Post-exertion muscle soreness/strain can happen to any horse, but the high demands placed on the muscles of a Quarter Horse can easily lead to some soreness. Add to that the fact that they’re also prone to some breed-related muscle problems, and you know you need to pay attention to their muscles.
Slow, careful conditioning is the best preventative. Training improves both strength and flexibility of muscle groups and the tendons attached to them. Practicing movements in a controlled training setting will fine tune the reflexes the horse needs for quick changes of direction or fast starts. Training also improves levels of stored carbohydrate, glycogen, within the muscle, the only fuel that can support speed.
There’s some evidence to support fat supplementation (up to 8%) of the grain portion of the diet in the hard-working Quarter Horse, despite our overall concerns about feeding fat to horses. Studies have found both improved sprint times and higher lactate production during sprints (an indicator of glycogen use) when grain was supplemented with fat.
The likely explanation for this is that the muscle learns to make better use of fat for maintenance energy requirements and during low level, slow work, allowing for better preservation of glycogen stores which are then available for the high speed work. It’s important to note, though, that this only works when fat is supplemented in addition to grain, not as a substitute for it as is done to treat Equine polysaccharide storage myopathy EPSSM. The horse still needs grain to build glycogen stores.
To benefit the most from training, and recover glycogen stores quickly after exercise, the muscle needs glucose. Studies in multiple breeds have shown that horses are slow to replenish their glycogen stores, taking up to three days to do so after a major effort. However, some recent studies have found that both intravenous and oral supplementation of simple carbohydrate can hasten this process. This trick has been practiced by human athletes for many years.
Details of how much, and when, for maximal benefit have yet to be worked out and confirmed by studies, but muscle in other species is most ”hungry” for glucose in the first hour or two after exercise stops, with increased uptake by muscle continuing over the next 24 hours but dropping rapidly during that time. Providing the horse with 2 to 4 oz. of a glycogen-loading product as a paste shortly after heavy training or competition, and again in a grain meal about two hours after the exertion, should give him a good head start on repair and replenishment of hard-working muscle.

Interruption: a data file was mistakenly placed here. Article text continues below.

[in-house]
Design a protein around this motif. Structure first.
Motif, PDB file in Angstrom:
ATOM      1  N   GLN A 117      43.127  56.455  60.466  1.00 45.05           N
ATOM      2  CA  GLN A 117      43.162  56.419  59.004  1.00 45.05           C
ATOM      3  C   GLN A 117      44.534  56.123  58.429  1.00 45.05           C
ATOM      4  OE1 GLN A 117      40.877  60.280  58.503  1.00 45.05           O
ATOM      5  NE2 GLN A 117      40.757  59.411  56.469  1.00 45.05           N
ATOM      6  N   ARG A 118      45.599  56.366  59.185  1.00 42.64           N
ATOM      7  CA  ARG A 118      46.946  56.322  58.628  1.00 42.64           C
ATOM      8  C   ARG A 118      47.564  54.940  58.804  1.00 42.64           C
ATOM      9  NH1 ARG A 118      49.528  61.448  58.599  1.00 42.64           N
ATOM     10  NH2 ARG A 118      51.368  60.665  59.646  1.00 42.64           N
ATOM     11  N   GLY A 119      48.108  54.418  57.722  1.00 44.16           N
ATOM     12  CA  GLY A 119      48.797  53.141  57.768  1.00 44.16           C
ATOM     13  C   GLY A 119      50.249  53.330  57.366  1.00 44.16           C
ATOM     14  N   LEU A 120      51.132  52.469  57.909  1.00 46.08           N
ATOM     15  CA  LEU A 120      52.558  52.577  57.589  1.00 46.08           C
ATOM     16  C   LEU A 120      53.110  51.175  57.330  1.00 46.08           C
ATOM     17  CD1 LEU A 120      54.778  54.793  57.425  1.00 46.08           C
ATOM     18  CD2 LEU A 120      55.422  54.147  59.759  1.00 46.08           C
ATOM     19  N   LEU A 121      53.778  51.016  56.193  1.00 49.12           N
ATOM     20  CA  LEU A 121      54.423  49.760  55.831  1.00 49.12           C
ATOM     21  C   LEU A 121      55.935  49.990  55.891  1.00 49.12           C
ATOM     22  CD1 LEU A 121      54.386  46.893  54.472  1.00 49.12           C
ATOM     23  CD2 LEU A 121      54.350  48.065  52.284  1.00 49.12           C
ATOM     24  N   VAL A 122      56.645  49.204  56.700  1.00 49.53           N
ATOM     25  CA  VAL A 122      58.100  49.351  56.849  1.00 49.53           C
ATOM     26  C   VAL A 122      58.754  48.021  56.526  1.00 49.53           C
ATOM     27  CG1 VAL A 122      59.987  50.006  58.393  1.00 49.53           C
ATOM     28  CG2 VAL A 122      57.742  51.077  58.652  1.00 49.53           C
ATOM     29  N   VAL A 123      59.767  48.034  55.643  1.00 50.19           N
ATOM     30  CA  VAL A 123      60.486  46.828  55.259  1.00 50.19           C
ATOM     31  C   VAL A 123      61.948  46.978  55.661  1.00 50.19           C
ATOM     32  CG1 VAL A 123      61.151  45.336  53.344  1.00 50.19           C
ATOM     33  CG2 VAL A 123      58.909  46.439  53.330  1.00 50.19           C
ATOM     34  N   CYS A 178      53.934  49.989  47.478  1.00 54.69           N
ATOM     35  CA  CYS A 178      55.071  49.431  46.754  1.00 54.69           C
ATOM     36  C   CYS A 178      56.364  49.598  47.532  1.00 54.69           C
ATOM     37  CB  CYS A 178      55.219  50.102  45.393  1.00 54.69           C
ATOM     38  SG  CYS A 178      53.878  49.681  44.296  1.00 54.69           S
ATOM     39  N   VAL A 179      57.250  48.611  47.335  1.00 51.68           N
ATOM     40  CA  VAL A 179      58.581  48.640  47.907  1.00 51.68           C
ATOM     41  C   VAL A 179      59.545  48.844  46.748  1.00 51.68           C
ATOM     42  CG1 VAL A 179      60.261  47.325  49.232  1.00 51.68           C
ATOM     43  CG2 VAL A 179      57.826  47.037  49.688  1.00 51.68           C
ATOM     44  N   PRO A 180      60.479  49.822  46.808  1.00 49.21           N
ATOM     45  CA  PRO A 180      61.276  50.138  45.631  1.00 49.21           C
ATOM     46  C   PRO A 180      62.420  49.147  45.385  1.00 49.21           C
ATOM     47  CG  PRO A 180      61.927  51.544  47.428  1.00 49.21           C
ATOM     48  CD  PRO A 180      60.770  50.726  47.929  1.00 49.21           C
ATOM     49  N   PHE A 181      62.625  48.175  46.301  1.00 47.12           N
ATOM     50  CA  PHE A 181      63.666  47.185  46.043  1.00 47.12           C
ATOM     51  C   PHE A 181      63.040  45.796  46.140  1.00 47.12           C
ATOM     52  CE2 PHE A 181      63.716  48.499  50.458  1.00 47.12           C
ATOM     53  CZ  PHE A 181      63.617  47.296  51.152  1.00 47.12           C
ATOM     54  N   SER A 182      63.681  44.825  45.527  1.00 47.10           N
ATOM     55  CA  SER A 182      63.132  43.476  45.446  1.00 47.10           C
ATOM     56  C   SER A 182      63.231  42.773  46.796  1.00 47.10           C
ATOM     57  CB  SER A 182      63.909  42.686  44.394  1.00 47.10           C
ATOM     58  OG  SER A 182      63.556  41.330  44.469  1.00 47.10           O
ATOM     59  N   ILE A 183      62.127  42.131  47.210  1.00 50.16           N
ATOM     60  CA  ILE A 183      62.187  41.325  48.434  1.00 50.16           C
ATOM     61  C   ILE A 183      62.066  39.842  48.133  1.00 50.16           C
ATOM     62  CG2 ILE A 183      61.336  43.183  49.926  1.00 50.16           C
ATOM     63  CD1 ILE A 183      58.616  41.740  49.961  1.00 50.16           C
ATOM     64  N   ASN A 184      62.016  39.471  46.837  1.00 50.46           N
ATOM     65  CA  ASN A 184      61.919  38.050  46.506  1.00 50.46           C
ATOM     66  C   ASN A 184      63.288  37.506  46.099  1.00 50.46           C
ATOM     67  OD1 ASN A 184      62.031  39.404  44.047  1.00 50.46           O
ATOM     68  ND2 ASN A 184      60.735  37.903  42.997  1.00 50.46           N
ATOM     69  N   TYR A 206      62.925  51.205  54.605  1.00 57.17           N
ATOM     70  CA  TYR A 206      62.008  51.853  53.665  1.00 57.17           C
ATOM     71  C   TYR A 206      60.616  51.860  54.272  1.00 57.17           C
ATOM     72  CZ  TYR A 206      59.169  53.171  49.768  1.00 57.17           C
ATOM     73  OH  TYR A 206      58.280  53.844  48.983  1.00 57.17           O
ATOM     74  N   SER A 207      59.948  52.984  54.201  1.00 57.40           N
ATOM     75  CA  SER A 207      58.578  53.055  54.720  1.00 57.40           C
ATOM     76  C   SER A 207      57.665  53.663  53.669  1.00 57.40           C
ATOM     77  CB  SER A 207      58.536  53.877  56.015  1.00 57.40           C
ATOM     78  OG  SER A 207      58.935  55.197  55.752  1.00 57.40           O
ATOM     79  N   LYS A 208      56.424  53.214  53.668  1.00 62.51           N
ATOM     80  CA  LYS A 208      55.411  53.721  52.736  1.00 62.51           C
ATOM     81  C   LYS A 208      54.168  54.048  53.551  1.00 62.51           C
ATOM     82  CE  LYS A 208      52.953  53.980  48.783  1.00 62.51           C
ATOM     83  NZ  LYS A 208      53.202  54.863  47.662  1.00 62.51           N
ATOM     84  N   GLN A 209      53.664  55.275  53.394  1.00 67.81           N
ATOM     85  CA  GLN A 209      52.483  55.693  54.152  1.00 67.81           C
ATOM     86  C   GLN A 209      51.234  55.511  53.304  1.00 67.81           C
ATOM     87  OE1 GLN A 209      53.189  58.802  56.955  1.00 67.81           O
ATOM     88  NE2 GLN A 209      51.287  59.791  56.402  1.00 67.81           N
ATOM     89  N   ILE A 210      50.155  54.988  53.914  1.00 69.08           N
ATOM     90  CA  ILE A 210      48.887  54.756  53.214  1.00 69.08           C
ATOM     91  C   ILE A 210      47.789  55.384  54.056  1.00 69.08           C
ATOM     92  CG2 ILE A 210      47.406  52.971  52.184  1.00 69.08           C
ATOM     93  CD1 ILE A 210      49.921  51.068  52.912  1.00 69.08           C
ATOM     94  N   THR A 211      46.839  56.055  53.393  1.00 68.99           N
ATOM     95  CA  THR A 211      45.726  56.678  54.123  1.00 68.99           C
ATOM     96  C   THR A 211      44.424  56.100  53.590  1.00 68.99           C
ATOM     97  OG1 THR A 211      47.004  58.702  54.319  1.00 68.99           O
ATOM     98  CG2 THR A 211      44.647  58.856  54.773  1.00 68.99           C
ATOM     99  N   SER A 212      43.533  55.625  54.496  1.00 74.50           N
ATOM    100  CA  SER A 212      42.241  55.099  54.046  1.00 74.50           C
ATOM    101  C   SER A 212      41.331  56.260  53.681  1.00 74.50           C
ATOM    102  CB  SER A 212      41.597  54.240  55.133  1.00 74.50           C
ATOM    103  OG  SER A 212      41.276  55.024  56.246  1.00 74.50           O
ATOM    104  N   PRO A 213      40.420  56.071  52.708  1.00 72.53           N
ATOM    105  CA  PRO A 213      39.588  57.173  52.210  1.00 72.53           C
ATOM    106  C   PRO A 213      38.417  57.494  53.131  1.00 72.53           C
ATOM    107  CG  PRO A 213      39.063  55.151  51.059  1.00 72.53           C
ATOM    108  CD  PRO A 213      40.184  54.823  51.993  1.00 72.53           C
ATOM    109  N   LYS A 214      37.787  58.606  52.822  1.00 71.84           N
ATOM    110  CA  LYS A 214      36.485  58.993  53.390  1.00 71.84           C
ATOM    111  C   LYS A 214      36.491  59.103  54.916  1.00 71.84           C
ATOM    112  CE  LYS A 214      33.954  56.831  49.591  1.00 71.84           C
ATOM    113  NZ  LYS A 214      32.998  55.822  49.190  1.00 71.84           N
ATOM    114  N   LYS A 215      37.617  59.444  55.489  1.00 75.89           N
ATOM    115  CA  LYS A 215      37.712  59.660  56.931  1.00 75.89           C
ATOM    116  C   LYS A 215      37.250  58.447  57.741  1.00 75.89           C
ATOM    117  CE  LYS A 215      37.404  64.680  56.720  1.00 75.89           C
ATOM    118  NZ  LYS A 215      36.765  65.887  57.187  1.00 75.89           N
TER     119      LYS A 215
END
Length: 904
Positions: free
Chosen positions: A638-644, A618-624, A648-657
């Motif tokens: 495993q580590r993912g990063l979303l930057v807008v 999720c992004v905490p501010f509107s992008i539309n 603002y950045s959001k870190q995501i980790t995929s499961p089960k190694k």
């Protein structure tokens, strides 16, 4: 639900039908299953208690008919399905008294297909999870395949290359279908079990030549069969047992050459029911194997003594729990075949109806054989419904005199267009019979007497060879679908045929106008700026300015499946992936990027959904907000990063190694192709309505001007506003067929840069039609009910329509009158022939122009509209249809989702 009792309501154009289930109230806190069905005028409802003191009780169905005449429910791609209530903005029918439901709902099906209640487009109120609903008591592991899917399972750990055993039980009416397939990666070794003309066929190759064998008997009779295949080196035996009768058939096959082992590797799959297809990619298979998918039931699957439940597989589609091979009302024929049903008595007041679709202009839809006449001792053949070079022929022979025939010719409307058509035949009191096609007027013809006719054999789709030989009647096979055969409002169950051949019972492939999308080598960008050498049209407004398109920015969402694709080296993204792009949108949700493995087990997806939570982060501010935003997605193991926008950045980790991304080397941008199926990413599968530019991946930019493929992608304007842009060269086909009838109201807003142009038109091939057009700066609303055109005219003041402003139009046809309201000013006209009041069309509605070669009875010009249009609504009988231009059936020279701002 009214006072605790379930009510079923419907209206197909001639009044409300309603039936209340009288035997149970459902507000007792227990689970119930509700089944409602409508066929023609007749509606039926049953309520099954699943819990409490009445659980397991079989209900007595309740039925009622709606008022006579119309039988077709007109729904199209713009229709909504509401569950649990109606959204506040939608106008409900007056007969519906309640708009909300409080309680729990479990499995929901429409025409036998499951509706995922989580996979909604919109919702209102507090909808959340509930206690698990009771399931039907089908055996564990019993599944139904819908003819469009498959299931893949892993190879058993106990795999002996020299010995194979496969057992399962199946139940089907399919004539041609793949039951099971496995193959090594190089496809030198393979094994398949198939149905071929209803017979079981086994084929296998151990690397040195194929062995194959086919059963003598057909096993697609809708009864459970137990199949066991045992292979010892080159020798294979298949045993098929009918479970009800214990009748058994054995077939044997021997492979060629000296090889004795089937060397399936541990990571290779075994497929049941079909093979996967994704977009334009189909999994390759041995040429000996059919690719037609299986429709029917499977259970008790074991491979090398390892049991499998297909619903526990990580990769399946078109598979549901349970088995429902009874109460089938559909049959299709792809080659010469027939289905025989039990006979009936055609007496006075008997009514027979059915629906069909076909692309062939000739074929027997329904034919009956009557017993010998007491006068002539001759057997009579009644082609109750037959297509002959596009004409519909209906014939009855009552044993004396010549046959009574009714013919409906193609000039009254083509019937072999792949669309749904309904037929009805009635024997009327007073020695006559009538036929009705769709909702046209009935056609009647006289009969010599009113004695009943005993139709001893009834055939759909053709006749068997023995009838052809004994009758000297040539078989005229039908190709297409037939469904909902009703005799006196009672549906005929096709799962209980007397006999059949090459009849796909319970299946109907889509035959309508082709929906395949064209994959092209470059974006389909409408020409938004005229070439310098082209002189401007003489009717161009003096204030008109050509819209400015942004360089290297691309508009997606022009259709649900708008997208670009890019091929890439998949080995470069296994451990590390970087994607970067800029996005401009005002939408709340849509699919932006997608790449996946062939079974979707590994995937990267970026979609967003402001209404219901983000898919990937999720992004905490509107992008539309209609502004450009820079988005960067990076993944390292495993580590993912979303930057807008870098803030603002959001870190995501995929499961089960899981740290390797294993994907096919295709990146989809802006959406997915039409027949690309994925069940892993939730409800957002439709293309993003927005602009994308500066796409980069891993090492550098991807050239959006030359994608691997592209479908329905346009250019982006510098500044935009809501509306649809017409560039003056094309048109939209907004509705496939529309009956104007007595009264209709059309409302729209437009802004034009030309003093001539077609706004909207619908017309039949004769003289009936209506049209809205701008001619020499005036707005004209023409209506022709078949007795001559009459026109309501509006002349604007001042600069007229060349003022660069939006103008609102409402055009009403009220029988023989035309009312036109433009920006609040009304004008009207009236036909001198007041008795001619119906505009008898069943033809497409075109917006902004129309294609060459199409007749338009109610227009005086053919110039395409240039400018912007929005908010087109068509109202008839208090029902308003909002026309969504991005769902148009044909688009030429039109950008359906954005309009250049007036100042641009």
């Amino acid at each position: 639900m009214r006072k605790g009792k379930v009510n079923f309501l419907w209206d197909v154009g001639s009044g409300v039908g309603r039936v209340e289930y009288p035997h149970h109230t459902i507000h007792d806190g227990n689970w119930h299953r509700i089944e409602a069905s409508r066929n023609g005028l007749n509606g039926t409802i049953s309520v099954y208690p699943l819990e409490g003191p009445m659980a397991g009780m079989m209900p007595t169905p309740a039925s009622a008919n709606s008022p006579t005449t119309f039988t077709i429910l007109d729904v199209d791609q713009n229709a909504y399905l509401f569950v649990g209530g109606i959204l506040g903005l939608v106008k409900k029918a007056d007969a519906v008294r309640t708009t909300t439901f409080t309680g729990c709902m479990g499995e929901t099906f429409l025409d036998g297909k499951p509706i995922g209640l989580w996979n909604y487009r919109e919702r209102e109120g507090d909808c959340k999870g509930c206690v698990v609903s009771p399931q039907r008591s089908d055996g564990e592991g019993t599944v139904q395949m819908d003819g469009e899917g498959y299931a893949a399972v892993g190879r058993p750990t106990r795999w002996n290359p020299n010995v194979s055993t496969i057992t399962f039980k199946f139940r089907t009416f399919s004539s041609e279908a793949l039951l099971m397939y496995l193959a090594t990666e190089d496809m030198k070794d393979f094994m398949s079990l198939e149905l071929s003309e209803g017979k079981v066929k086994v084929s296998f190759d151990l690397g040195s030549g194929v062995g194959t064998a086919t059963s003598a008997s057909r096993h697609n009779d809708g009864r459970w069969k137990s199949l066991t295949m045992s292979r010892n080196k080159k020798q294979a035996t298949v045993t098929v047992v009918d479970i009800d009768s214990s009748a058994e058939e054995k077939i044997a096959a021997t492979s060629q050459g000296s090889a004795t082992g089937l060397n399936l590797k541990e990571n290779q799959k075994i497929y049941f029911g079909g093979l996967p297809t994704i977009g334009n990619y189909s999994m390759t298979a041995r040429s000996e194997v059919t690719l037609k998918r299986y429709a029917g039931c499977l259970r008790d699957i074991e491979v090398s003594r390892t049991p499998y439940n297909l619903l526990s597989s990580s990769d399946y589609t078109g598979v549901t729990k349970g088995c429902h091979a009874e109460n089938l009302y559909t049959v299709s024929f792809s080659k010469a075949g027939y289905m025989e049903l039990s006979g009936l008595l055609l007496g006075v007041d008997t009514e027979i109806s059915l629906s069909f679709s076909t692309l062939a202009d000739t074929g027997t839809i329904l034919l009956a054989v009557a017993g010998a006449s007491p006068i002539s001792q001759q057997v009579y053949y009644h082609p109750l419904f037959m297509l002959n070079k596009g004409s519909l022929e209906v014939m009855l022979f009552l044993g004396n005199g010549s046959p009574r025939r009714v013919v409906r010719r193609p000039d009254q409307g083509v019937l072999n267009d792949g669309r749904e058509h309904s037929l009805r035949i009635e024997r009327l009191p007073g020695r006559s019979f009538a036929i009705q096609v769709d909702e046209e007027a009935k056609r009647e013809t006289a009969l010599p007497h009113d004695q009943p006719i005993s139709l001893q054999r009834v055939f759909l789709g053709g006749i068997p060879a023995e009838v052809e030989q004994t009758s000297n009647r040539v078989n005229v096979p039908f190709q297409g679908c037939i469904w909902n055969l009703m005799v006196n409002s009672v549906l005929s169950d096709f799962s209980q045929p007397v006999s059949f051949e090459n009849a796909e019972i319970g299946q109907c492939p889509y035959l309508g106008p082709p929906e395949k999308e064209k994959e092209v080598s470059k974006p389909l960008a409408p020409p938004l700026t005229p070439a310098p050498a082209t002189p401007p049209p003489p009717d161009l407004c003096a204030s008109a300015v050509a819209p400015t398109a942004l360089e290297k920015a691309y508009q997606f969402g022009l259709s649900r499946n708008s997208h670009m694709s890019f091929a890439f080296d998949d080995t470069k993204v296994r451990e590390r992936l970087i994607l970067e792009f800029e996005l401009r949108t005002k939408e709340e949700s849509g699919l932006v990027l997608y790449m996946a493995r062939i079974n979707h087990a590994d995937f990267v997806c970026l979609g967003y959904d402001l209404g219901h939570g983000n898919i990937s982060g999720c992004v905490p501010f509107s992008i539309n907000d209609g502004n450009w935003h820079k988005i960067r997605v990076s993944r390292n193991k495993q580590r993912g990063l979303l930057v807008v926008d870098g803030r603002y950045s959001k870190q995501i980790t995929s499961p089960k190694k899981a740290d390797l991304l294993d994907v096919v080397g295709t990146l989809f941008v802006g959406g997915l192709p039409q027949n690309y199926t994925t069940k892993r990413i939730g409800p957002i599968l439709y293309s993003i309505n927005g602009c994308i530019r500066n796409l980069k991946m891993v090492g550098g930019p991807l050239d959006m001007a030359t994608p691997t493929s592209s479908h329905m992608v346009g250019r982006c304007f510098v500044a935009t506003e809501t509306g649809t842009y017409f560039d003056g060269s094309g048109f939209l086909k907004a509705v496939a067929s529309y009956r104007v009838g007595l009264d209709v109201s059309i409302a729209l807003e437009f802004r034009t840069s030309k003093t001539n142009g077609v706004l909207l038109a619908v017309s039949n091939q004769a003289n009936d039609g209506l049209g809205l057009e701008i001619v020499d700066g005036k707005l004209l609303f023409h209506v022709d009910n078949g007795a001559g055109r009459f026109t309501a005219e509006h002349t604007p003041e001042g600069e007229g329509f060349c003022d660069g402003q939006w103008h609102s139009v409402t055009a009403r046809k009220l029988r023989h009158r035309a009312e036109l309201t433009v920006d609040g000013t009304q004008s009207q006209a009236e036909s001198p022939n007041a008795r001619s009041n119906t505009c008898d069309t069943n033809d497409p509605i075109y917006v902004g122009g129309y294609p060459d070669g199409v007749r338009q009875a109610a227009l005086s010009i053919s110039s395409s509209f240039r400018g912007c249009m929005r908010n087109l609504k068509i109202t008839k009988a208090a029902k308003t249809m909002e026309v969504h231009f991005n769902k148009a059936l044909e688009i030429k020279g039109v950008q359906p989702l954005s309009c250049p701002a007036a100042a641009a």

Antioxidants are also important to hard-working muscles. They won’t boost performance per se, or prevent injuries, but they’re extremely important in mopping up the free radicals produced during exercise and preventing injury to cell structures. Vitamin E and selenium should always be supplemented, according to the type of diet and selenium levels in your area.
Isolated episodes of tying up can also happen to any horse and don’t necessarily indicate an underlying muscle disease. Severe overexertion may cause it, and electrolyte abnormalities may contribute to muscle cramping and pain. The precise cause of isolated episodes of tying-up often goes undiagnosed.
Horses that are in the early stages of being introduced to serious speed work, and very fit horses that miss exercise sessions, are at highest risk. Cutting or even eliminating grain on days these horses are not formally worked can help decrease the risk, probably by avoiding excessive glycogen build up. Keeping horses outside, rather than stall confined, is also helpful.
Muscle is protein, and building/maintaining muscle requires protein. Most performance-horse diets contain more than enough protein to get the job done, but if the horse is failing to build or maintain muscle as expected, supplementation with HMB or a branched chain amino acid product may help.
Repeated episodes of tying-up symptoms of severe cramping are another story. HYPP and EPSSM are the most likely causes in a Quarter Horse. HYPP, hyperkalemic periodic paralysis, isn’t really tying-up, but it looks like it.
As most Quarter Horse owners know, HYPP is a genetically determined disease, tracing back to descendants of the great halter horse, Impressive. It’s really a disorder of electrolyte balance within the muscle, disturbing and reversing the normal condition of low sodium and high potassium inside the cell. In the early stages of an HYPP attack, muscles tremble and may spasm, leading to confusion with tying-up, but there are important differences (see chart).